|A Cambodian Girl Guide in 2003|
The Girl Guides in Cambodia were revived by Mrs Meng Ho Leang. She was also the Deputy Director of our human rights organization. Sadly history may not do her justice, with some of her achievements largely forgotten such as the pioneering of teaching of human rights in schools. As my colleague, Aine Doody, an Irish volunteer used to remark she was a formidable lady. “Why is it?” Aine would ask “Can I not go in to meet Mrs Meng Ho without coming out crying?” She was not alone in that regard.
I recall in my early days there, before I knew better, when I was “invited” (i.e. summoned) to one of Mrs Meng Ho’s morale-boosting staff social outings. After the first two pagodas visited (two more than to my usual liking), with a third about to begin, I wandered off to quench my thirst. “Don’t, don’t go!” pleaded my quivering male colleagues. “She won’t like it!” But off I went. It did not take long to find a suitable hostelry. I had just finished my first cold beer, when the outing's three buses all pulled up outside. In rushed the boys…. “You’re in trouble, we’re in trouble for letting you go!” As I climbed the steps on to the bus, Mrs Meng Ho perched on her front seat, a grimace on her face pointed towards the other captive faces, all fearing the worst, simply said “This lot were too frightened to tell me where you went, but I knew where to find you!”
Mrs Meng Ho Leang, in her Girl Guide President's uniform chatting to Australian volunteer, Mrs Frances Digges*, and the Kampong Chhnang Provincial Governor Touch Marim and his wife over lunch prepared by her Girl Guides (as a fundraiser):
Every year, Queen Monineath, as Patron of the Girl Guides, invited them for their annual gathering to the Royal Palace in Phnom Penh. I was just about the only male invited for my part in raising funds. (You might be surprised this most British of institutions got its best grant from Japanese ladies.) One year, just as the Queen started to give her speech, the sun faded and the heavens opened with a horrendous tropical downpour. The Queen valiantly stuck to her task, she was partly sheltered, but all the girls were initially out in the open. The Palace staff were obviously equipped to deal with such eventualities. Out came pink plastic sheets. The girls were soon all-covered as the Queen addressed a field of pink without a face showing. By the end of her speech a 15 cms depth of storm-water lay all-around. “Never mind” consoled President Meng Ho, closing the event “Rain is a sign of good luck!”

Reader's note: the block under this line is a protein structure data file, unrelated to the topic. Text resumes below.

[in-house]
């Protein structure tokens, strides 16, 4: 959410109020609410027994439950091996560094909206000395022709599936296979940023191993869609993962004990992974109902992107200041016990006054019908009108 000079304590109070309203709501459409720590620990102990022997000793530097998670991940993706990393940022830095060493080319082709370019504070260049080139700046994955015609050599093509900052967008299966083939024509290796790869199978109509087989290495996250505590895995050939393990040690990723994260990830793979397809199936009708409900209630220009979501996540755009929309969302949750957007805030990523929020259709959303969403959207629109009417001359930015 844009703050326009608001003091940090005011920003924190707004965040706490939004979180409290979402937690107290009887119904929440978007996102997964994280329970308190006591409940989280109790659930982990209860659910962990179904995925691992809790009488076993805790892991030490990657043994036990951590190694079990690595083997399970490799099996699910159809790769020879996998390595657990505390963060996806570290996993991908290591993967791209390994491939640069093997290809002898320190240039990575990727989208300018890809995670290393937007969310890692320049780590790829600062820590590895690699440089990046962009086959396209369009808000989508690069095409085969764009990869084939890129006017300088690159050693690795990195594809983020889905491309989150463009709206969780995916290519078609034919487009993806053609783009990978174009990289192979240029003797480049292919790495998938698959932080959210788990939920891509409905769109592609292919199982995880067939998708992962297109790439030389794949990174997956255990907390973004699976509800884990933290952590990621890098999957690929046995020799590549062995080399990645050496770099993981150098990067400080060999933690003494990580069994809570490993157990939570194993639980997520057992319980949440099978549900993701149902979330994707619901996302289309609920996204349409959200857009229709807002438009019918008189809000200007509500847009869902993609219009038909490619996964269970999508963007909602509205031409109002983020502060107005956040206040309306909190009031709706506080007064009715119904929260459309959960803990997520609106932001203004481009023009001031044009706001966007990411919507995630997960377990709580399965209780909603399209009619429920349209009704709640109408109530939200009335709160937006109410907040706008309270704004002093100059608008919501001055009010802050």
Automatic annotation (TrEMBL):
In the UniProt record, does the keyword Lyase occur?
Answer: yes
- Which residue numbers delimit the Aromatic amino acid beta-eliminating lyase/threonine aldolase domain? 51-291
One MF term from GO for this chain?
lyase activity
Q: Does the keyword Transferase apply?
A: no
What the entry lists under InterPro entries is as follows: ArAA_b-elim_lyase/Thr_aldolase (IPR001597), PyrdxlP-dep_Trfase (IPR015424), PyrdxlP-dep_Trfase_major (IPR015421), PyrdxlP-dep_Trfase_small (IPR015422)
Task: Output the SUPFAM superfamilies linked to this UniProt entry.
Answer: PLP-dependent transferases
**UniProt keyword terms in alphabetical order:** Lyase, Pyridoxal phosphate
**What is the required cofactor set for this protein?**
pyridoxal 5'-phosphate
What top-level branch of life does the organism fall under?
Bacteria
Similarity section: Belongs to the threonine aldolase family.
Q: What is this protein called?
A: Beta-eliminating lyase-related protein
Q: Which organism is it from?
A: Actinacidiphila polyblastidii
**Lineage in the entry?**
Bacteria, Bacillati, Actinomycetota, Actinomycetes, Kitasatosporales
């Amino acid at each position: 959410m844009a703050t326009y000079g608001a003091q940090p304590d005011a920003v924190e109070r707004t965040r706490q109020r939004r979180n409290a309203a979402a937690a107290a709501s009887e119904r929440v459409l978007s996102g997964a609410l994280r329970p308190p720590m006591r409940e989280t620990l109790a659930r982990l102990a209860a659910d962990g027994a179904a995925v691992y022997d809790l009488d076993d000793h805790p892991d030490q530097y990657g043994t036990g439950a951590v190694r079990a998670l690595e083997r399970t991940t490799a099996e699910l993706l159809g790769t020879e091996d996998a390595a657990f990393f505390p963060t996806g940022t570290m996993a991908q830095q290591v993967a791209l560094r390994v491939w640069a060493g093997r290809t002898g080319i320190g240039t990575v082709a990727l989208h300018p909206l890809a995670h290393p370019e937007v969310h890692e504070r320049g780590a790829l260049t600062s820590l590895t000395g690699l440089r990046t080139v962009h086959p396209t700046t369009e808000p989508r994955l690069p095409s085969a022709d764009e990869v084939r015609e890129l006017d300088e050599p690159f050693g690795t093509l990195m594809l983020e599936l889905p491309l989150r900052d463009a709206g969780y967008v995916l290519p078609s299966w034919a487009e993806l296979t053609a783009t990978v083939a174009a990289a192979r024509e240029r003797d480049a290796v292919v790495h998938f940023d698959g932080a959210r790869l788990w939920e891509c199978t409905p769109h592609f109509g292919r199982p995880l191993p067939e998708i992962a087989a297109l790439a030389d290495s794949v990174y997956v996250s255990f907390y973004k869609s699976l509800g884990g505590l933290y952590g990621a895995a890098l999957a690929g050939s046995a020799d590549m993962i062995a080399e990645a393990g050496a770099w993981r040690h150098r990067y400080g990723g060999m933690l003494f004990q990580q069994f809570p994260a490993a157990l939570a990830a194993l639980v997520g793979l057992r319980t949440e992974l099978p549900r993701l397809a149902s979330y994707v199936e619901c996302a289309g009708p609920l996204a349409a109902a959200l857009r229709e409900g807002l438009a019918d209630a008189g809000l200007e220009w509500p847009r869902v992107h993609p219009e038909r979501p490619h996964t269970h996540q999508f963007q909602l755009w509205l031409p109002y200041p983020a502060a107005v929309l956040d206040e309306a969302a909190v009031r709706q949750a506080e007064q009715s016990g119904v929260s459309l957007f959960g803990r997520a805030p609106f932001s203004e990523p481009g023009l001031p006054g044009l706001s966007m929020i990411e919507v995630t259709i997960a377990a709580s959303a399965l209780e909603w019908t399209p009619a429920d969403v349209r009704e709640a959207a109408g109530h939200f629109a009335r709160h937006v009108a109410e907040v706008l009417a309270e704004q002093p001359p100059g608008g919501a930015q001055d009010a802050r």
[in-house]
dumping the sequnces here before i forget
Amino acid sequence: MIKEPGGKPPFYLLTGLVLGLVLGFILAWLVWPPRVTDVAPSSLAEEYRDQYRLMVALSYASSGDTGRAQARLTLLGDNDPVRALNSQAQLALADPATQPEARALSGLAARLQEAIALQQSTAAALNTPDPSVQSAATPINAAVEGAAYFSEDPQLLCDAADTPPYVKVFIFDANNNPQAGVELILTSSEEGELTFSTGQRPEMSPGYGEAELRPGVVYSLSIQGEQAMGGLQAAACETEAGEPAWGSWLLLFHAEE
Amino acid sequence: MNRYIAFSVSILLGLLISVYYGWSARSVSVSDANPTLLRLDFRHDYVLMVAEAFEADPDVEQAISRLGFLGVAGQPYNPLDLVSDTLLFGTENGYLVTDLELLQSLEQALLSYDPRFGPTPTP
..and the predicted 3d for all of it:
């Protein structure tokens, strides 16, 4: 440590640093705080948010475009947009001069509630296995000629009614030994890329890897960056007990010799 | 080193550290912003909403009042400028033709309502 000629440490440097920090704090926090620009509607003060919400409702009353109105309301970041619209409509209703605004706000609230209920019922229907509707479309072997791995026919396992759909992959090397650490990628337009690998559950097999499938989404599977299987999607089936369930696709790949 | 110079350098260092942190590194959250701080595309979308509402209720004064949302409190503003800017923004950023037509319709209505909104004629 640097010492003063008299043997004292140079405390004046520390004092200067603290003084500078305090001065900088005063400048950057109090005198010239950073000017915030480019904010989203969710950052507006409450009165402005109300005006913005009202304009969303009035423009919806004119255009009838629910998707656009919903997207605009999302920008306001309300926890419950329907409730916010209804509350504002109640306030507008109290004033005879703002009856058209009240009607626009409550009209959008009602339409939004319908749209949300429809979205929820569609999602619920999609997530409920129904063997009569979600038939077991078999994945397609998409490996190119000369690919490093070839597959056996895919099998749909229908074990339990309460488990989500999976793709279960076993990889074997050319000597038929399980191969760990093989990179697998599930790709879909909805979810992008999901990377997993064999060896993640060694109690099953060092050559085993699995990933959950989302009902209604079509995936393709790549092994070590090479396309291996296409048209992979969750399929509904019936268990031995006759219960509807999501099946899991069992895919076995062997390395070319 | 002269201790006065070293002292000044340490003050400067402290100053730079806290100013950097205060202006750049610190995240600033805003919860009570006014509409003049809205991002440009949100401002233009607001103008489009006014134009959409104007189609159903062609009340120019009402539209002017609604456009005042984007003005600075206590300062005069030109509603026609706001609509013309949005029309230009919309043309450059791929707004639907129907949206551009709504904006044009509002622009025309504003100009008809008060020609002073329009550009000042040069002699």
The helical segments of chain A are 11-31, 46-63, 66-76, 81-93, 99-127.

The following year, I was invited to meet both the King and Queen at the Royal Palace, necessitating a major investment of US$120 in a posh tailored suit. Now as a young boy, I remembered the Vietnam War and even of a Prince Sihanouk leading his fighting forces. So here I was about to meet him, and this after I had acquired the habit of using my favourite quote from him: "In today's Cambodia, the God of Impunity reigns side by side with the King of Corruption." For a second quote, and sign of his mercurial character, follow this link.)
Now I was expecting to be in quite a crowd of guests, and a perfunctory chat with His Majesty. King Sihanouk had other ideas. He grabbed and held my hand as we talked for what seemed ages. I could not help noticing a few people queuing up not-so patiently. The King was utterly charming as we talked about Saint Helena and Napoleon; Rwanda and the genocide; and on our mutual dislike of British Prime Minister Margaret Thatcher [link to video, transcript here) - also please see John Pilger's account. The King was much amused as he had never heard the “milk-snatcher” story. I remember his charisma and the softest skin I had ever felt on a man’s hands. His picture appears in one more blog here.
I was never to meet him again, although I was a fellow tutor on one occasion with his son, former Prime Minister, Prince Ranarridh.
And I almost had another brush with Royalty in 2009, thanks to the Girl Guides in London. By chance, I had a meeting with a Cambodian donor, next to the WAGGGS office, just round the corner from Buckingham Palace, residence of the British monarch. Afterwards I headed for the nearest pub, by good luck a Young's one, with this poster and a caption with words to the effect of “It’s the staff, we just can’t get them anymore!”
* Fran and her husband Jon Digges (behind her) were recruited as Australian Business Volunteers and did excellent work not just in relation to their formal business and enterprise roles but also to the "life and soul" of our project. Fran encouraged disabled children like Kosal and Jon conducted original work to promote natural compost instead of chemical fertilisers.
1 Mrs Meng Ho Leang left the human rights organisation in 2000 and for various reasons, one of which was no doubt the loss of her close oversight, it and her flagship human rights teaching programme ended within two years. Please visit the first and second site-links here for more information. I gained my honorary guide status for helping her to fund-raise, hence her indulgence towards me exercising my freedom of movement - Article 13 of the Universal Declaration of Human Rights.
2 King Sihanouk’s dislike of Margaret Thatcher is based on her support for the Khmer Rouge regime when five of his children died. http://www.globalresearch.ca/how-thatcher-helped-pol-pot/5330873
3 The "Barmaid" is for those unaware, the late Queen Mother, mother of the UK's Queen Elisabeth II. She was known to have enjoyed a tipple!